Over the last few months, South African politics went through a seriously dark time. Forget about the rampant corruption in government, the failing education system and the horribly unjust toll fees in Gauteng for a moment. Wonkie is referring to the dire prospect of losing Julius Malema, aka Juju, to national sensibility.
But enter April Fool’s Day – the most fitting day for Julius Malema to launch his comeback with a vengeance on Wonkie. Fashionistas all over Cape Town fawned over his classy Che Mampara beret having barely recovered from seeing him in his trendy purple pimpsuit last year. The DA wondered what suspension in ANC terms actually meant, given Malema’s measured speech at University of the Witwatersrand in Johannesburg last week, fully clad in ANC gear. Wonkie does not care about any of these things – Wonkie cares that Julius is back.
As Wonkie endeavours to learn from all creatures big and small, smart or moronically stupid, here is an executive summary of lessons learnt from Juju’s recent oratory performance:
- If you have a protégé that is from a different race to yourself, it means you are not a racist. Wonkie is unsure, but believes that this is akin to providing indisputable proof of non-racialism by merely stating that actually, some of my best friends are … (insert race group here);
- You can say you’re willing to die for someone, but that someone should know that nothing is forever. Wonkie wonders if Jacob Zuma sings Where is the love? when thinking about Juju in the shower;
- Studying business at Harvard must not be very demanding if Jonathan Ovadia, Malema’s protégé, can be prancing around in South Africa taking tuition from Malema – perhaps now is the time to sign up for that international degree you’ve always wanted;
- In South African English, “driving the whites into the sea” actually means allowing them to retire peacefully with luxurious coastal properties – DUH to those of you who foolishly thought Malema meant that literally when he first said it – shame on you;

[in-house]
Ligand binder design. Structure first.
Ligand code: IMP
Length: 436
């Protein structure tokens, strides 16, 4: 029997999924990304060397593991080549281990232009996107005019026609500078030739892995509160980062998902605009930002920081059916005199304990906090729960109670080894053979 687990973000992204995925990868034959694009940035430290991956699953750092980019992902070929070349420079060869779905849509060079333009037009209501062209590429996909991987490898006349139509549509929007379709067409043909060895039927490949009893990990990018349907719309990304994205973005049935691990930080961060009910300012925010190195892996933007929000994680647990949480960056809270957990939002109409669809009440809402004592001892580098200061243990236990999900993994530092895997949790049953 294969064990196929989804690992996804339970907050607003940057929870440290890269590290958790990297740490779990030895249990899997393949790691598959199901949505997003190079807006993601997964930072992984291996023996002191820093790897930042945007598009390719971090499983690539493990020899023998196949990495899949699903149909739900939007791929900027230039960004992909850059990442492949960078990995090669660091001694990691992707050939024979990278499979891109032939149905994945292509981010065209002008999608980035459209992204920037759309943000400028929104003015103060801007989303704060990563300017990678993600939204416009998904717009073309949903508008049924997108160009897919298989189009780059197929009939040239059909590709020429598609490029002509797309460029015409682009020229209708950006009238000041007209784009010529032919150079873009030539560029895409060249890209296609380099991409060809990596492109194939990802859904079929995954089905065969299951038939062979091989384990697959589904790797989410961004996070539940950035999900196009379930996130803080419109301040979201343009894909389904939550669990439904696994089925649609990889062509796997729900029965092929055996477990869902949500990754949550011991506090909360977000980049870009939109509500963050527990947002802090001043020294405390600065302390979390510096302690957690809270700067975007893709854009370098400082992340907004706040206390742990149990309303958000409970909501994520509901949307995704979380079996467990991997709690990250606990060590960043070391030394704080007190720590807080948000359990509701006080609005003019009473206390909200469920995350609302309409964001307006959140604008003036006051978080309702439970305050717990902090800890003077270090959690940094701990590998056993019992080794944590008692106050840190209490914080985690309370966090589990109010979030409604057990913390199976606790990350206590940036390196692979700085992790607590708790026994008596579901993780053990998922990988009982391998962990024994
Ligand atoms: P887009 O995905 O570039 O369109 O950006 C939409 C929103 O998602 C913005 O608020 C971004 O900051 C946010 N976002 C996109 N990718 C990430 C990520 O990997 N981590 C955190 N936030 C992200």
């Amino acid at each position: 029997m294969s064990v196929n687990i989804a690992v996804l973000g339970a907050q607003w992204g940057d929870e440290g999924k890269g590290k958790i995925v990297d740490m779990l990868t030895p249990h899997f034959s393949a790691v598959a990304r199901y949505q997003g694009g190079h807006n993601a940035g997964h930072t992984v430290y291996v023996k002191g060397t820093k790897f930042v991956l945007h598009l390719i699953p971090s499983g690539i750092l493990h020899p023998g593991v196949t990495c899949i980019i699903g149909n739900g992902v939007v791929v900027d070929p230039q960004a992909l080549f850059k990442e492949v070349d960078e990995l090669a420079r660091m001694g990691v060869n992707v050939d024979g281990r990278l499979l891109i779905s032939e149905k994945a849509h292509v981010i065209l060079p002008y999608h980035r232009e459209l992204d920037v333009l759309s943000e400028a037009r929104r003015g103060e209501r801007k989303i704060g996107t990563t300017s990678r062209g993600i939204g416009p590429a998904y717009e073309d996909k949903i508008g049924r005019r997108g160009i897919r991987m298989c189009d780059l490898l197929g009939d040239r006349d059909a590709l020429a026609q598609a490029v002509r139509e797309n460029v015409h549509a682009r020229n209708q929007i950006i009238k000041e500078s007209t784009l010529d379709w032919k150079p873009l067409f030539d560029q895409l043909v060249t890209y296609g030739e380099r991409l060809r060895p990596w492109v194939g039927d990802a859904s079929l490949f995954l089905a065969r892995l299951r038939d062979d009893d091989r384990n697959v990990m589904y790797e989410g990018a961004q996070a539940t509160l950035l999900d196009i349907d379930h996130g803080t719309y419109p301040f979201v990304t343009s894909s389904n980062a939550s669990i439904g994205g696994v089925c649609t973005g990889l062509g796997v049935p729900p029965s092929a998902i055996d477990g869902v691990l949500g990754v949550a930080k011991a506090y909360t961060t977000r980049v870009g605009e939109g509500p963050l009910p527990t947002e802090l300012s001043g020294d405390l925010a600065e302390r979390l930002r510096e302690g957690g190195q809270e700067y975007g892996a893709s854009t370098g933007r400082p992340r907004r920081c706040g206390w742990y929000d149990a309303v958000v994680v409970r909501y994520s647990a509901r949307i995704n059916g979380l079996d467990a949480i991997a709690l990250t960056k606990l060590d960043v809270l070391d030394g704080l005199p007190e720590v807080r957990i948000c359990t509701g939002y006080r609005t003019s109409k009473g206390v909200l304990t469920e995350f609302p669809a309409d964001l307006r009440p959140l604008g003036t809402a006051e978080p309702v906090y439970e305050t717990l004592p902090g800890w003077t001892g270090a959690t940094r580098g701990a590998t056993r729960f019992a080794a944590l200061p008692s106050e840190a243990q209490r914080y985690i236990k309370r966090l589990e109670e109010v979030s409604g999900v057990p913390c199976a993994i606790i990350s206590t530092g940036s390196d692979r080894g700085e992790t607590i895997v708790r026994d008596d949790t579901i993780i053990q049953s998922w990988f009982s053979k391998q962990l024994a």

- Being the voice of the poor and voiceless can be expressed in many ways, including wearing a R250,000 Breitling watch on behalf of 250,000 poor people that cannot afford watches themselves – it all balances out in the end, if you think laterally.
Tongue away from cheek for a moment though, one issue that Malema has identified is quite valid. There is a large percentage of the South African population that doesn’t really have a voice. These people vote for the ANC in elections because there is, realistically speaking, nobody else to vote for but them.
Wonkie wonders how long it will be before the likes of COSATU grows a pair and really champions the cause of the poor and unemployed, without pandering to the ANC political bigwigs that are more inclined to be governed by self-interest. Perhaps if COSATU can stop the e-tolling debacle from continuing, they will have laid the platform to launch a real party for the people – one that addresses the needs of the masses, not just the black elite and old cronies. Until then, the South African poor will have to rely on Julius.
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